Friends wanted to know why we were swapping the permanently up and coming North Finchley for the ‘retirement capital of the South Coast’. They’d decided on that viewpoint without ever venturing south of Lewes, of course.
So why Eastbourne? Well, it certainly ticks the estate agents’ boxes – stunning seafront, five minutes to the Downs, good schools, affordable homes. Check. But we’ve also happened upon a proper ‘we’re all in it together’ spirit, which means Eastbourne consistently punches above its weight. It’s the little town that could. Or can in fact.
Take the Pier burning down last summer – an appalling event made worse by the tragic death of pier worker Stephen Penrice. People paid their respects, pulled together and the boardwalk was open within a few weeks. Remarkable. It’s the same kind of ‘we won’t be druv’ Sussex spirit that’s producing sterling work on Hastings Pier.
There’s a statistic I hear a lot, that Eastbourne is the fastest growing town for families on the South Coast. I’ve never been sure if it’s made up or on the level, but it feels about right. Old Town, where we live, seems to have plenty of babies in buggies and upstart toddlers. We’ve been there and got the T-shirt.
If you’re thinking of moving to Eastbourne then Old Town is a good first place to look – there’s plenty of attractive Victorian streets and leafy suburbs with houses around the £200-300k mark. Ofsted rates the schools around here too. There’s Motcombe and Pashley Down for infants, Ocklynge for juniors, Ratton and Cavendish for teens. Plus, there’s the recently opened Gildredge House Free School, which we’re hearing good things about.
There’s often no need for us to venture into town. We’ve two (soon to be three) supermarkets on our doorstep and five decent pubs. There’s a smattering of cafés, like Cafe Corro in Green Street and Love All in Gildredge Park – we spend an unhealthy amount of time in both.
South west of us is Meads Village, perhaps the most well-heeled area of Eastbourne. It has its own High Street with shops like Barley Sugar, Martha’s Kitchen and the ArtisVin wine merchant affording the place a Muswell Hill sur la mer vibe. Meads is too pricey for us, but many London and Brighton types have made it their home.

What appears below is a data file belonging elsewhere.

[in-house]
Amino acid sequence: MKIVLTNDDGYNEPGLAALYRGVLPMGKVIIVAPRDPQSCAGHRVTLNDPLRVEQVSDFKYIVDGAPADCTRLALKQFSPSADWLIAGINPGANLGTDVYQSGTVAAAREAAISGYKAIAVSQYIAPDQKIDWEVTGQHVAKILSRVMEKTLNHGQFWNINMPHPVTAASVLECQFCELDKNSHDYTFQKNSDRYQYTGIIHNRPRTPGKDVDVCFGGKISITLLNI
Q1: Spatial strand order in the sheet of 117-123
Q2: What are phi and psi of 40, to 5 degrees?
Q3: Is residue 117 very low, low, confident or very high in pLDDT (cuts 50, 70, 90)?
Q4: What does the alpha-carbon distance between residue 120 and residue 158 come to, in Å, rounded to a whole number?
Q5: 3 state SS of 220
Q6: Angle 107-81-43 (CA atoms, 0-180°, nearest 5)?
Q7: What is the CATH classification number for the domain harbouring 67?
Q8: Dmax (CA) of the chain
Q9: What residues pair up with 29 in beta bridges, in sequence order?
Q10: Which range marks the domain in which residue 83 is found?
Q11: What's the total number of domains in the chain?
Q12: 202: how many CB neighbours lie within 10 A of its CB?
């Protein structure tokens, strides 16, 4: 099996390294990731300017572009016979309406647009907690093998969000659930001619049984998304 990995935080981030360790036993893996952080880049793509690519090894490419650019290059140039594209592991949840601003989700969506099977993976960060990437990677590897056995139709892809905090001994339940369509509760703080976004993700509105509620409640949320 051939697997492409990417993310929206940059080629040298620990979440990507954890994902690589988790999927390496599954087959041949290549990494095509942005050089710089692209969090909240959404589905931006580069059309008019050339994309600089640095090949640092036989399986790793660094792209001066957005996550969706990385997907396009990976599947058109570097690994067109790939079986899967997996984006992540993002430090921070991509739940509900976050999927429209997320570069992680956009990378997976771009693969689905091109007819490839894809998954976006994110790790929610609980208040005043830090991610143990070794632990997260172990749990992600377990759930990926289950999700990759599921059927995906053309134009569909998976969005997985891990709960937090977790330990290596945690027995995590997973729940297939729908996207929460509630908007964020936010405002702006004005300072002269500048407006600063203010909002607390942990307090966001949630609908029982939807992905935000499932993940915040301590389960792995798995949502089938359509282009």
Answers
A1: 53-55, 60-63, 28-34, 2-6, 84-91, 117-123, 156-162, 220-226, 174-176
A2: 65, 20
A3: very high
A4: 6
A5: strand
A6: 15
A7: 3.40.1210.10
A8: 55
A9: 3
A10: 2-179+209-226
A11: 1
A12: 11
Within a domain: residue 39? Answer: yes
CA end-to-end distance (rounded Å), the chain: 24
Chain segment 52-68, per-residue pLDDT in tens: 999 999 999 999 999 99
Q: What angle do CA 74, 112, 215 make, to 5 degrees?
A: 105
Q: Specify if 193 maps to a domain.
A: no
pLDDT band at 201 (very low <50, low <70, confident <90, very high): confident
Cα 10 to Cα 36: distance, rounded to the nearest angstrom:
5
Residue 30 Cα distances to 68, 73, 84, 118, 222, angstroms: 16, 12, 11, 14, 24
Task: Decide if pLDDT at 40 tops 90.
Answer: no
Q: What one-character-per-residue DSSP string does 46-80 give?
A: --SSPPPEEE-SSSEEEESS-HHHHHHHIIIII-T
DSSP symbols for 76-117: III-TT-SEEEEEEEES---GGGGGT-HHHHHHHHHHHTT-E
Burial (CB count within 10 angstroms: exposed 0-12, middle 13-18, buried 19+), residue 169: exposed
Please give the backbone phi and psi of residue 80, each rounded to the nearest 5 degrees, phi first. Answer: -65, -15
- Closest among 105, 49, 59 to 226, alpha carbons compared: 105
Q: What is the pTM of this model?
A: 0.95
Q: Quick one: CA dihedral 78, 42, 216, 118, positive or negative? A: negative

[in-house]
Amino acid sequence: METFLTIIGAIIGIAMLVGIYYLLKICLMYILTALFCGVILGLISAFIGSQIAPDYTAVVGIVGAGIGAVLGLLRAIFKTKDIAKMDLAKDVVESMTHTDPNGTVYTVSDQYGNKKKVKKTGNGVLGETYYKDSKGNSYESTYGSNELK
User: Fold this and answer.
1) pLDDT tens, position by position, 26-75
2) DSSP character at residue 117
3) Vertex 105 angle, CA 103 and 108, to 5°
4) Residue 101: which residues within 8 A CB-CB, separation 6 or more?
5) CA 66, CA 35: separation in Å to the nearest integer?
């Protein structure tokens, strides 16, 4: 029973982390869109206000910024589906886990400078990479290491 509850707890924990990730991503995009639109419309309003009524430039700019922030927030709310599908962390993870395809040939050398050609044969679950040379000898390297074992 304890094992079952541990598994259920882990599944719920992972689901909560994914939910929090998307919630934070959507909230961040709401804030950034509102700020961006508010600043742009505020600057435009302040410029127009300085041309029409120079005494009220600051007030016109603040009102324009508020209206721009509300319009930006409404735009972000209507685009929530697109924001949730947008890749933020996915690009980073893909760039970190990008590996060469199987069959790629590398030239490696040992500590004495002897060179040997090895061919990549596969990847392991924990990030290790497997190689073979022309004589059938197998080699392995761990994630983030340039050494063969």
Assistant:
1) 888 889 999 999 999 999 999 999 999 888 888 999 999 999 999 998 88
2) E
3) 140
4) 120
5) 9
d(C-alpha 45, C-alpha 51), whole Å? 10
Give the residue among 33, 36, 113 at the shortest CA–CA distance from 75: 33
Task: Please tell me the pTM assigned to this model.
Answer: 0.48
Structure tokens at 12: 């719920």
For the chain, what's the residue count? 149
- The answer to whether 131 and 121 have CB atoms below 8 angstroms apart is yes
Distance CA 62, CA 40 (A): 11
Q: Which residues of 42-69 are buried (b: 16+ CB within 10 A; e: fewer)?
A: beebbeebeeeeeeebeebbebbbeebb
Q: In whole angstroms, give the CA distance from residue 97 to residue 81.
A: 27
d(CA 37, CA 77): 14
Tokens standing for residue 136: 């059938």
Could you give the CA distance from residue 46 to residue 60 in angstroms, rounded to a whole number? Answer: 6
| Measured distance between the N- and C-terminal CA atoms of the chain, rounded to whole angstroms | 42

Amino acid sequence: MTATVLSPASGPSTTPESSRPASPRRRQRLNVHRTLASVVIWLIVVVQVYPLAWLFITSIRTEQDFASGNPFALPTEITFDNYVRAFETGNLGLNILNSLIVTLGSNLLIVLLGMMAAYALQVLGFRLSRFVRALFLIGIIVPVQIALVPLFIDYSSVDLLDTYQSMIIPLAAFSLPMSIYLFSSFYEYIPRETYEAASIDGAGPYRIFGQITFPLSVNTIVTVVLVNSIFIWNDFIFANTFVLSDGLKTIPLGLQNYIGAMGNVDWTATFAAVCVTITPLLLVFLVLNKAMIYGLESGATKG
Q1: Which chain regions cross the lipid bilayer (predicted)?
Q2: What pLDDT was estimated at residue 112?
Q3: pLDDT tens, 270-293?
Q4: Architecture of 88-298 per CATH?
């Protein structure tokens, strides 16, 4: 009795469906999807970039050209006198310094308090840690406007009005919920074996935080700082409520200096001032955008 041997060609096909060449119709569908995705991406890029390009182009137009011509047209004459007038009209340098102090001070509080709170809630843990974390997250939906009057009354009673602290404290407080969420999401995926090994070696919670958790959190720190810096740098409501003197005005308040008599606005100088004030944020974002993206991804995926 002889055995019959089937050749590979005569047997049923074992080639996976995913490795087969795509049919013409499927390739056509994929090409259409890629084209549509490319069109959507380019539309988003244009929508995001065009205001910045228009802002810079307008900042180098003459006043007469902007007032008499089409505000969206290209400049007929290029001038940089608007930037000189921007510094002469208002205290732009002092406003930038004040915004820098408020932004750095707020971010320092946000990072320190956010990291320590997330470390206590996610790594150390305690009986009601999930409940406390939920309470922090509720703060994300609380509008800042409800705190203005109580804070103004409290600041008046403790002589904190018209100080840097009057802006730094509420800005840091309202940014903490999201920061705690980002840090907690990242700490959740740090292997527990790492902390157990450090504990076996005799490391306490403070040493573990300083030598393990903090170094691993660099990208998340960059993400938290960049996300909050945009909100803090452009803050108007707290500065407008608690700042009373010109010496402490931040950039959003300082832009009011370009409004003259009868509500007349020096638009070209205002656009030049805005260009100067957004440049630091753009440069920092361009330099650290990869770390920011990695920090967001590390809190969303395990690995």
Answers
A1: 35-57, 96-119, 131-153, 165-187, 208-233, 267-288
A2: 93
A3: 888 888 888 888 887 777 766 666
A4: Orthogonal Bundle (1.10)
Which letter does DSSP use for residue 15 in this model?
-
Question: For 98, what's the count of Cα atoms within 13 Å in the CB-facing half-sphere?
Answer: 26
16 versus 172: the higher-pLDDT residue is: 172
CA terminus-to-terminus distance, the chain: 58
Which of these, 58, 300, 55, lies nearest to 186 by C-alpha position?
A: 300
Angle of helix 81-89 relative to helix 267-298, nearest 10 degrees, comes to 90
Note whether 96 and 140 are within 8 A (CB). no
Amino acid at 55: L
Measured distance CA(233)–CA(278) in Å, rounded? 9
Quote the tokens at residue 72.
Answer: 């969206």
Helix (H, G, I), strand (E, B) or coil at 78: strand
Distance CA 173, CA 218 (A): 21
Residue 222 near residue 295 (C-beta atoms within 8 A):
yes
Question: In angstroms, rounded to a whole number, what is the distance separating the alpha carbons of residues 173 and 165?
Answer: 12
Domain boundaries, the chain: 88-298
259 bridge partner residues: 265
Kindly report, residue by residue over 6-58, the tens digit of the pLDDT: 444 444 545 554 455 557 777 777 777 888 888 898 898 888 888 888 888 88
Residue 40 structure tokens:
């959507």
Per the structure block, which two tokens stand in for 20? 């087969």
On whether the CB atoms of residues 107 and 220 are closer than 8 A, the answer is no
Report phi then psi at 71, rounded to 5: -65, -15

Prices are a little more manageable east of the Pier. The Seaside area of town, immediately behind the prom, boasts street after street of well-proportioned homes. There’s several four bed semis on the market for £250k right now – if this was Brighton they’d be heading towards seven figures. Plus, there’s an excellent curry house, Shimla Palace, which we’ve got on speed dial. Also check out the Crown & Anchor – Eastbourne’s only seafront boozer – and the Victoria – unspoilt and off the beaten track.
Nautical types head further east to Sovereign Harbour, one of the largest marinas in the UK. There’s a fair few contemporary looking apartments off Midway Quay changing hands at around £220k for a two bed. They overlook the Waterfront, a recent development of shops and restaurants, including the excellent Seasons Tapas and Deli.
There’s been a lot of talk about regenerating Eastbourne, but our town centre has mostly been looked after. The slightest infraction makes the letters page of the Herald newspaper, so it’s hard to get away with much. The largest shopping area, the Arndale Centre, is a stone’s throw from the station. Architecturally it’s a bit dated, but has all the High Street shops you need. The Arndale is also about to receive an (almost) £100m shot in the arm with work starting next year on a modern-ish looking extension and nine-screen cinema. When you think about all the places that have been decimated by out of town shopping malls, the fact that there’s this amount of investment in our town centre is pretty amazing.
Like Brighton, we can’t move for coffee shops, but thankfully there’s a lot of decent ones. The latest is Nelson’s across the road from the station and its website describes the beans, grinders and espresso machine to a coffee nerd’s level of detail. Owners Ben and Lucy were inspired by a honeymoon trip to Canada and brought a small part of it back home – Lumberjack shirts optional. Elsewhere in the town centre, check out Urban Ground on Bolton Road and also now at the Towner Gallery. Neate’s Cakes on Terminus Road is a must-gorge on the way to the seafront.
Every seaside town worth its salt has an arts scene and Eastbourne is no exception. Everyone should have heard about the Towner by now, designed by modernist master Rick Mather and recent winner of the Brighton Argus’ Best Museum award. It’s recently become an independent trust and won the support of David Dimbleby, so expect some good things this year.